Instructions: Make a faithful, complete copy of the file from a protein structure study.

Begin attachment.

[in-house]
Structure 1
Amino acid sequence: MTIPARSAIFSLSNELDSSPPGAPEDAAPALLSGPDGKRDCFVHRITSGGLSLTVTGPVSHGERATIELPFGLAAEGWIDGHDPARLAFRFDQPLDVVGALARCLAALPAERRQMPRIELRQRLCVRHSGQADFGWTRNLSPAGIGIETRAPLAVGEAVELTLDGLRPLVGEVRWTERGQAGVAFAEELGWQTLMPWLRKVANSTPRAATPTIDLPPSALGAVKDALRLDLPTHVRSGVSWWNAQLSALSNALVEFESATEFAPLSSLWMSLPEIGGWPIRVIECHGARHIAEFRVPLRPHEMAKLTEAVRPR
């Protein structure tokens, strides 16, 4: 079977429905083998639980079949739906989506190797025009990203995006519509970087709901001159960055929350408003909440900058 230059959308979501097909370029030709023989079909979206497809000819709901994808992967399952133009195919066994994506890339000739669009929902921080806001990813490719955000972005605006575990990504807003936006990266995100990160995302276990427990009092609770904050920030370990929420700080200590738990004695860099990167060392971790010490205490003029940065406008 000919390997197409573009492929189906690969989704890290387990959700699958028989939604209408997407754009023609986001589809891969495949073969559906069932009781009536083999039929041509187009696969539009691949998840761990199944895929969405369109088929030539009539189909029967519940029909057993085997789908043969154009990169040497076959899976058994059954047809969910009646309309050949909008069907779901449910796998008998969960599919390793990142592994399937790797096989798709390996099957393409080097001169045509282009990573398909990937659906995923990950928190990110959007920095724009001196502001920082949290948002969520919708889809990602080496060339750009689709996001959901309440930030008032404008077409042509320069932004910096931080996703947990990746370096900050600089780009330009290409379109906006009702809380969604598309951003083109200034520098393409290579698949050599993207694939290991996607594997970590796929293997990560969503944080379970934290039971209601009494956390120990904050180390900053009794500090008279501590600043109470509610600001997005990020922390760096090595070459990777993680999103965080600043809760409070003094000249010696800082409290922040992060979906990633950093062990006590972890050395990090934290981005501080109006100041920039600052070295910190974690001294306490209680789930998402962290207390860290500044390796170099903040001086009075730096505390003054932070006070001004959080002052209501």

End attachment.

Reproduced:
[in-house]
Structure 1
Amino acid sequence: MTIPARSAIFSLSNELDSSPPGAPEDAAPALLSGPDGKRDCFVHRITSGGLSLTVTGPVSHGERATIELPFGLAAEGWIDGHDPARLAFRFDQPLDVVGALARCLAALPAERRQMPRIELRQRLCVRHSGQADFGWTRNLSPAGIGIETRAPLAVGEAVELTLDGLRPLVGEVRWTERGQAGVAFAEELGWQTLMPWLRKVANSTPRAATPTIDLPPSALGAVKDALRLDLPTHVRSGVSWWNAQLSALSNALVEFESATEFAPLSSLWMSLPEIGGWPIRVIECHGARHIAEFRVPLRPHEMAKLTEAVRPR
């Protein structure tokens, strides 16, 4: 079977429905083998639980079949739906989506190797025009990203995006519509970087709901001159960055929350408003909440900058 230059959308979501097909370029030709023989079909979206497809000819709901994808992967399952133009195919066994994506890339000739669009929902921080806001990813490719955000972005605006575990990504807003936006990266995100990160995302276990427990009092609770904050920030370990929420700080200590738990004695860099990167060392971790010490205490003029940065406008 000919390997197409573009492929189906690969989704890290387990959700699958028989939604209408997407754009023609986001589809891969495949073969559906069932009781009536083999039929041509187009696969539009691949998840761990199944895929969405369109088929030539009539189909029967519940029909057993085997789908043969154009990169040497076959899976058994059954047809969910009646309309050949909008069907779901449910796998008998969960599919390793990142592994399937790797096989798709390996099957393409080097001169045509282009990573398909990937659906995923990950928190990110959007920095724009001196502001920082949290948002969520919708889809990602080496060339750009689709996001959901309440930030008032404008077409042509320069932004910096931080996703947990990746370096900050600089780009330009290409379109906006009702809380969604598309951003083109200034520098393409290579698949050599993207694939290991996607594997970590796929293997990560969503944080379970934290039971209601009494956390120990904050180390900053009794500090008279501590600043109470509610600001997005990020922390760096090595070459990777993680999103965080600043809760409070003094000249010696800082409290922040992060979906990633950093062990006590972890050395990090934290981005501080109006100041920039600052070295910190974690001294306490209680789930998402962290207390860290500044390796170099903040001086009075730096505390003054932070006070001004959080002052209501």